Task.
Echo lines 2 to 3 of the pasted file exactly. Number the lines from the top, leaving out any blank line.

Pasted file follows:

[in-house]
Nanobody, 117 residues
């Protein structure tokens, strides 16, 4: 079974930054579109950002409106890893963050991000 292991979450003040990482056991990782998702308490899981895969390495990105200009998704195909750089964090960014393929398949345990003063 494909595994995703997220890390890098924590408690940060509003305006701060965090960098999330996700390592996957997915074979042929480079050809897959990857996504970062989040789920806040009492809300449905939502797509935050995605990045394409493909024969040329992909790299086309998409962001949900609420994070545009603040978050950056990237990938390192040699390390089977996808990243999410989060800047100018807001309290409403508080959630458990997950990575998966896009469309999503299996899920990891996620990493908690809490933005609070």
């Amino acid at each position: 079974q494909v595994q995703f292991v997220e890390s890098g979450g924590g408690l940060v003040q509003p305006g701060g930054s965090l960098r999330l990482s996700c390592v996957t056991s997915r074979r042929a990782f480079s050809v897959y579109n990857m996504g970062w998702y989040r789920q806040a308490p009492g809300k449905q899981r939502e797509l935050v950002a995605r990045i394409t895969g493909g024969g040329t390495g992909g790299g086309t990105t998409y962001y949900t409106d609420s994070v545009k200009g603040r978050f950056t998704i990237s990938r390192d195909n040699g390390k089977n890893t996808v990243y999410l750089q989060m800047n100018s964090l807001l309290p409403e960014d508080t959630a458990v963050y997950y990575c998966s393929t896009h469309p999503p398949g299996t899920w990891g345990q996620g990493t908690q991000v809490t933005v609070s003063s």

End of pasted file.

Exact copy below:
Nanobody, 117 residues
């Protein structure tokens, strides 16, 4: 079974930054579109950002409106890893963050991000 292991979450003040990482056991990782998702308490899981895969390495990105200009998704195909750089964090960014393929398949345990003063 494909595994995703997220890390890098924590408690940060509003305006701060965090960098999330996700390592996957997915074979042929480079050809897959990857996504970062989040789920806040009492809300449905939502797509935050995605990045394409493909024969040329992909790299086309998409962001949900609420994070545009603040978050950056990237990938390192040699390390089977996808990243999410989060800047100018807001309290409403508080959630458990997950990575998966896009469309999503299996899920990891996620990493908690809490933005609070």